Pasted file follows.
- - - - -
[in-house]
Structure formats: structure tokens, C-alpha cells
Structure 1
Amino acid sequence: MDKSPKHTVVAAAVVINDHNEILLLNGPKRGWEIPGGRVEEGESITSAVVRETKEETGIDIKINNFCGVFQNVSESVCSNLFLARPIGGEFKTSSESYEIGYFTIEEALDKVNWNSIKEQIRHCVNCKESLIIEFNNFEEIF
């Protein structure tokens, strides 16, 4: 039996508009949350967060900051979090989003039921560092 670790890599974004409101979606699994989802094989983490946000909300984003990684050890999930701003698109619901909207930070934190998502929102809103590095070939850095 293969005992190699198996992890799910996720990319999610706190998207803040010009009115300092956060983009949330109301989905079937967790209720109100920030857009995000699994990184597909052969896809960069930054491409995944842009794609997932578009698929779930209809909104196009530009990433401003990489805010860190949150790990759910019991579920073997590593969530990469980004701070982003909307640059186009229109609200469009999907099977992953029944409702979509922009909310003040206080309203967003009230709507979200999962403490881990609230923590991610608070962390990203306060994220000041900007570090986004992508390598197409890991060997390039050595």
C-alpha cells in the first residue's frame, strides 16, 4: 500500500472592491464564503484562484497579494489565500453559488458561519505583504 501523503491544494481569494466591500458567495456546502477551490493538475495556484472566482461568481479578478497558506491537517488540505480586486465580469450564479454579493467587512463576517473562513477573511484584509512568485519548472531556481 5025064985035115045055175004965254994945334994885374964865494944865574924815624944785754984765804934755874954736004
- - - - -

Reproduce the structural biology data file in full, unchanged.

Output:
[in-house]
Structure formats: structure tokens, C-alpha cells
Structure 1
Amino acid sequence: MDKSPKHTVVAAAVVINDHNEILLLNGPKRGWEIPGGRVEEGESITSAVVRETKEETGIDIKINNFCGVFQNVSESVCSNLFLARPIGGEFKTSSESYEIGYFTIEEALDKVNWNSIKEQIRHCVNCKESLIIEFNNFEEIF
């Protein structure tokens, strides 16, 4: 039996508009949350967060900051979090989003039921560092 670790890599974004409101979606699994989802094989983490946000909300984003990684050890999930701003698109619901909207930070934190998502929102809103590095070939850095 293969005992190699198996992890799910996720990319999610706190998207803040010009009115300092956060983009949330109301989905079937967790209720109100920030857009995000699994990184597909052969896809960069930054491409995944842009794609997932578009698929779930209809909104196009530009990433401003990489805010860190949150790990759910019991579920073997590593969530990469980004701070982003909307640059186009229109609200469009999907099977992953029944409702979509922009909310003040206080309203967003009230709507979200999962403490881990609230923590991610608070962390990203306060994220000041900007570090986004992508390598197409890991060997390039050595």
C-alpha cells in the first residue's frame, strides 16, 4: 500500500472592491464564503484562484497579494489565500453559488458561519505583504 501523503491544494481569494466591500458567495456546502477551490493538475495556484472566482461568481479578478497558506491537517488540505480586486465580469450564479454579493467587512463576517473562513477573511484584509512568485519548472531556481 5025064985035115045055175004965254994945334994885374964865494944865574924815624944785754984765804934755874954736004